Stony Point Battlefield State Historic Site, NY
Historic Site Information
Stony Point Battlefield is the site of the July 15-16, 1779 Storming of Stony Point by American General Anthony Wayne and the Continental Corps of Light Infantry. This daring midnight assault on the British fortifications by bayonet point was the first of its kind in the American Army. General Washington personally approved Wayne’s plan of attack; a two pronged pincer movement with a central feint column. In a half hour of hand to hand combat, the plan worked perfectly and the Americans took the post with nearly 500 military prisoners, over 70 women and children attached to the army, 15 pieces of artillery, and the battle flag of the 17th British Regiment. This action that earned General Wayne, Lt. Col. de Fleury, and Major Stewart three of the only eleven Congressional medals awarded during the Revolution was highly praised by the American, French, and even British commands.
Stony Point is also home to the first lighthouse built on the Hudson River. Opened in December of 1826, a few years after the opening of the Erie Canal, the Lighthouse guided mariners through the narrow pass between Stony and Verplanck’s Points until 1925. In its 99 years, only one vessel ran aground, with no reported fatalities – a testament to the vigilance of the lightkeepers, notably Nancy Rose, who tended the light for over 50 years. A new light tower was built in 1926 at the water’s edge (not accessible to the public,) and serves to this day as an aid to navigation under the care of the United States Coast Guard. The 1826 Lighthouse is now a historic light, a reminder of the importance of the Hudson River maritime community to the development of the Empire State.
At the site’s museum, visitors can see some of the captured guns and other artifacts from the site’s past military engagements and soldiers camp life. The artifacts, including an authentically reconstructed mortar bed for a captured 8” mortar and a stand of period bayonets, are laid out around a diorama of Stony Point as it appeared the night of the attack. In the Lighthouse Gallery of the museum an original fog signal bell and a Fourth Order Fresnel lens of the type of light used in the Stony Point Lighthouse at the turn of the last century are displayed with descriptive panels telling the story of the Stony Point and other Hudson River Lighthouses. A mannequin displays a reproduction dress c. 1867 that Melinda Rose, Nancy’s daughter, might have worn as a young woman growing up at the lighthouse with her family.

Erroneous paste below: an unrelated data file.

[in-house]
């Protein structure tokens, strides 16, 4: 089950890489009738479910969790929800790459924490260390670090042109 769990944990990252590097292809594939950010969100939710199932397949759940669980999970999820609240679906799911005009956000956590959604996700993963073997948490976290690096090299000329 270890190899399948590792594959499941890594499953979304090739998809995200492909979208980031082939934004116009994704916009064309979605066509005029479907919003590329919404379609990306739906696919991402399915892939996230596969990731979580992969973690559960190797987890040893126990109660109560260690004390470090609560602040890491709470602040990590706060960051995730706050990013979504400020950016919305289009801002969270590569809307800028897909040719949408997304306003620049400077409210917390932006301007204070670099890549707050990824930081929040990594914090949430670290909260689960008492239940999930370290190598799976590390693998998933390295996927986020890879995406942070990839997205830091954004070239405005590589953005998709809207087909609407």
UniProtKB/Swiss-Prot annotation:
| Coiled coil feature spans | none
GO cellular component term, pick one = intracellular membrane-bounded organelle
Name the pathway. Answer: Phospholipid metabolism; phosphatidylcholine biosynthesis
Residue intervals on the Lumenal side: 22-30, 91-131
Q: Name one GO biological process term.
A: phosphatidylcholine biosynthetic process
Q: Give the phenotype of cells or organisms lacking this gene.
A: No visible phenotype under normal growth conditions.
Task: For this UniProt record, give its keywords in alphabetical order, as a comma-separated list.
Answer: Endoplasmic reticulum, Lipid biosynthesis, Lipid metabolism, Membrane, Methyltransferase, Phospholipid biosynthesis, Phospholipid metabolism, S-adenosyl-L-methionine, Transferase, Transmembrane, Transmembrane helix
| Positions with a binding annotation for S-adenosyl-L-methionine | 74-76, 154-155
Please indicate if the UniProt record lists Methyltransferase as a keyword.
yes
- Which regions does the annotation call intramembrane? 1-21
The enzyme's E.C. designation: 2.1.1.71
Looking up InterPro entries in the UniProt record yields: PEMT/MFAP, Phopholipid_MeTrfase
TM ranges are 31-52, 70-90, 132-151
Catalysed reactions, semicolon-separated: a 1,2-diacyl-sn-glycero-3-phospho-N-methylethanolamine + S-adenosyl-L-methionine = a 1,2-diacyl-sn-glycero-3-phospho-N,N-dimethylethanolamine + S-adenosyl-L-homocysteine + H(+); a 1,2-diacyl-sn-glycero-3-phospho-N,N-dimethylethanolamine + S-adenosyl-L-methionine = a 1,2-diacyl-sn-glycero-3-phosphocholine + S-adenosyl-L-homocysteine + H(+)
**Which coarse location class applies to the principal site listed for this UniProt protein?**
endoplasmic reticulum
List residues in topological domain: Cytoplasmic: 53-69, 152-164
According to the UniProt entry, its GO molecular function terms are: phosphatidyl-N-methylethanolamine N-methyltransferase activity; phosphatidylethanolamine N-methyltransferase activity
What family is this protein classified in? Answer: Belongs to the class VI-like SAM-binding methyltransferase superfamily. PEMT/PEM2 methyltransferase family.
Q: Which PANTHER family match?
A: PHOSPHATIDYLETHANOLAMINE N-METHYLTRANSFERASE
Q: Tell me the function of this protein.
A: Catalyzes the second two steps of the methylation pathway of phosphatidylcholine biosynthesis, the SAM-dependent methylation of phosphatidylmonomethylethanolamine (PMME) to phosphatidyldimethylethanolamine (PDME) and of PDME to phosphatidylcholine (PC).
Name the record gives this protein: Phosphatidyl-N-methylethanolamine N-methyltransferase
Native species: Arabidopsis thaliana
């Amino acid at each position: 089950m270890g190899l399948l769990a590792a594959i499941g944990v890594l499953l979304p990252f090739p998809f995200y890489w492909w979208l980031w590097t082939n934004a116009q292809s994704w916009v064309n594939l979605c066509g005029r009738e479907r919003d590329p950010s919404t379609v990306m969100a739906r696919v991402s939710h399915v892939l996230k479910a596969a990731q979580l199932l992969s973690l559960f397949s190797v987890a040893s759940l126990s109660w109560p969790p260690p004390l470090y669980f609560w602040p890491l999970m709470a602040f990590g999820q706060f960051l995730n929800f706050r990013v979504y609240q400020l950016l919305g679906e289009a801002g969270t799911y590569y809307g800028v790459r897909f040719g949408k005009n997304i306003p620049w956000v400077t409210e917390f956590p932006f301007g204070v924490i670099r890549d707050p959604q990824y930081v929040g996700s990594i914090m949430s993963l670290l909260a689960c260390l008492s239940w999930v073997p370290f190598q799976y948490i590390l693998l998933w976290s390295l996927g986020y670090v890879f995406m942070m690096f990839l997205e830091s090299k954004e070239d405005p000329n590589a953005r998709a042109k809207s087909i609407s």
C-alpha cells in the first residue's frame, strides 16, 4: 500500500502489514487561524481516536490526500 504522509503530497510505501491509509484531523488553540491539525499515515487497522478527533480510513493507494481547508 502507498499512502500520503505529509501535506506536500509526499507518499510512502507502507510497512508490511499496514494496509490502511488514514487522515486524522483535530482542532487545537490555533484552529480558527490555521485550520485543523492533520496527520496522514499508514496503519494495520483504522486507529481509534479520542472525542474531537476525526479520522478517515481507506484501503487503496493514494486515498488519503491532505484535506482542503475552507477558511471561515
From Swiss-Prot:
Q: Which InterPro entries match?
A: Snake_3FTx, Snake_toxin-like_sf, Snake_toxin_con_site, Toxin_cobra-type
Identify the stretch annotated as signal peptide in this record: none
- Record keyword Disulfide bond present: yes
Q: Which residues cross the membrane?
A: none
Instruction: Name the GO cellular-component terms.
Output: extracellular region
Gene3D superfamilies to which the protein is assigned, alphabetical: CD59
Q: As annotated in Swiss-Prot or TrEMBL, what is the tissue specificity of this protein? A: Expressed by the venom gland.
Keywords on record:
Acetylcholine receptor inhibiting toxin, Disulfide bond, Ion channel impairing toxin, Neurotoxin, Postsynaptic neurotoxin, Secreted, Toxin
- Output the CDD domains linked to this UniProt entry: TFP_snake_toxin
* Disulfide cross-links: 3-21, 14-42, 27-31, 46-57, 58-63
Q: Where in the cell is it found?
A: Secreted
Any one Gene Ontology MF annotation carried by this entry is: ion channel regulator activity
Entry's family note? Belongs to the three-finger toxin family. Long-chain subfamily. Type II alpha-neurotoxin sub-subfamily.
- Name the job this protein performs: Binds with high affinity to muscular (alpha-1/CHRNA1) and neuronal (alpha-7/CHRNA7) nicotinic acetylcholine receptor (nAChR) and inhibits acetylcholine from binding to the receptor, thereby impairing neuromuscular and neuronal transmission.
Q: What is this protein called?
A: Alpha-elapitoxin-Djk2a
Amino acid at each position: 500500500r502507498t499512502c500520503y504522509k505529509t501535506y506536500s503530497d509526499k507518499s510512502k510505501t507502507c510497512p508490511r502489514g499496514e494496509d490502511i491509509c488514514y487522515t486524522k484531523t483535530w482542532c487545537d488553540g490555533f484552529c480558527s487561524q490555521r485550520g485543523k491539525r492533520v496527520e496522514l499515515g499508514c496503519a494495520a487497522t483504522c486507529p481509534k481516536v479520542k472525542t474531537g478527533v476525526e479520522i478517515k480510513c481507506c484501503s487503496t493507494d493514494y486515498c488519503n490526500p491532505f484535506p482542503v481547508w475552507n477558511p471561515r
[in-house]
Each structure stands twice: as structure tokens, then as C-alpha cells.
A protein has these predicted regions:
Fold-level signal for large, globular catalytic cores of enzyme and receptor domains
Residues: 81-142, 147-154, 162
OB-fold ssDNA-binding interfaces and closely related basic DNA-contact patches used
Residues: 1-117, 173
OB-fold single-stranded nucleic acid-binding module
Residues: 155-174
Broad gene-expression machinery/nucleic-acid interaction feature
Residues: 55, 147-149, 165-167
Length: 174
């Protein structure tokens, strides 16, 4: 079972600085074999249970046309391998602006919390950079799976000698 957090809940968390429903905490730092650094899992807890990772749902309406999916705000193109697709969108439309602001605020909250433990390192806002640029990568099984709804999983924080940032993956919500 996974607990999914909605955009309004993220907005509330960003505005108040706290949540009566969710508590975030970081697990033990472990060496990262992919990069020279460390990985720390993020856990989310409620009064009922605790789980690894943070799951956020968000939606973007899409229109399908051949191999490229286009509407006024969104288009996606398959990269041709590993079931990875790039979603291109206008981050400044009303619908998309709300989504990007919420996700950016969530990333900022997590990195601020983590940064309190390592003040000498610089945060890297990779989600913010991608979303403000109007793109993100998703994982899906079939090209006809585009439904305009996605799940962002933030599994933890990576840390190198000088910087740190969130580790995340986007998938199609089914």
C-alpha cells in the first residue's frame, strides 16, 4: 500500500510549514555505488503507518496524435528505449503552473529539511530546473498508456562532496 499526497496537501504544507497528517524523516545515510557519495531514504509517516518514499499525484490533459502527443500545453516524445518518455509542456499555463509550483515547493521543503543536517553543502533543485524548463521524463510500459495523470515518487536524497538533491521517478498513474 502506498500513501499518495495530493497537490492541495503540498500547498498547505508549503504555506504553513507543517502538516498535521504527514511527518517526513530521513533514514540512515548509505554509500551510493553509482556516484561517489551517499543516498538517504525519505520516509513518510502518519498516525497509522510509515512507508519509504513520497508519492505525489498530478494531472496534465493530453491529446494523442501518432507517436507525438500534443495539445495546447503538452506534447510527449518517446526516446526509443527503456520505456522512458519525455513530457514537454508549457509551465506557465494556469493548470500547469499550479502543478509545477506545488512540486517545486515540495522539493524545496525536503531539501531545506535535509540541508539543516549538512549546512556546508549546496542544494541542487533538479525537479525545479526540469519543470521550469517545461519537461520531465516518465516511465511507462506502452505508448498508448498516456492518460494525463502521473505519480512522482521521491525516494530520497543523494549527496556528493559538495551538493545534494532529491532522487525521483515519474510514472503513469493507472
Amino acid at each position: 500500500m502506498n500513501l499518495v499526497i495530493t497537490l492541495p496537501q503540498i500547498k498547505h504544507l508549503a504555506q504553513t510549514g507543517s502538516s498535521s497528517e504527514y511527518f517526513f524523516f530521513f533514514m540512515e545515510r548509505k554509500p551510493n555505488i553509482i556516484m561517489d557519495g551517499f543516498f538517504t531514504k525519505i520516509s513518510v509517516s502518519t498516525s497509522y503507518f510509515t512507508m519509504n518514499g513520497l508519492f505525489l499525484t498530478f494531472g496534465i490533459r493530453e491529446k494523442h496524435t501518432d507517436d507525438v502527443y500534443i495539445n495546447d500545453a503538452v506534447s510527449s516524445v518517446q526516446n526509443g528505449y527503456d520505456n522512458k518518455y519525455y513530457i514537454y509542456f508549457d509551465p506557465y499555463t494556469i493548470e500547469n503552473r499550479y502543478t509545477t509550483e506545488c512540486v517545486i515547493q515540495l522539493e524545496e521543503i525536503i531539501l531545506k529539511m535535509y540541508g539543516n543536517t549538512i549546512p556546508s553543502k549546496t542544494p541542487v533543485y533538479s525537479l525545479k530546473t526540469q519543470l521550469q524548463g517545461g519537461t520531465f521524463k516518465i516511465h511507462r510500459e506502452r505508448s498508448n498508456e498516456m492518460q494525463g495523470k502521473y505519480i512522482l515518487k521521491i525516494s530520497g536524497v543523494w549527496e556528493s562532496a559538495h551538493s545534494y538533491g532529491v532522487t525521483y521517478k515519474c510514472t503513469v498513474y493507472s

Today, the grounds of Stony Point are a beautiful mix of woods and tended lawns, with commanding panoramic views of the Hudson River looking north to the Hudson Highlands and south to Haverstraw Bay. Visitors can walk through our reproduced military camp, watch as our reproduction 6 pounder cannon fires or watch as uniformed interpreters fire muskets. Signs are strategically placed around the site so visitors may conduct a self-guided walking tour. Step back in time and march in the footsteps of Wayne and his soldiers as they charged up the hill and stand with the lightkeepers as they watched over the thousands of ships passing Stony Point every year, protecting our nation’s commerce.
The Stony Point Battlefield & Lighthouse State Historic Site is open from Mid-April until October 31st, Wednesday - Sunday (the site is CLOSED on Monday and Tuesday). The grounds are open daily 9 AM - 5 PM and the museum is open Wednesday - Saturday, 10 AM- 4:30 PM, and Sunday 12 PM-4:30 PM. The site is closed and the gates are locked daily at 5:00 p.m. from April to the end of October, and 4:00 from November to March. For more information, please call (845)-786-2521.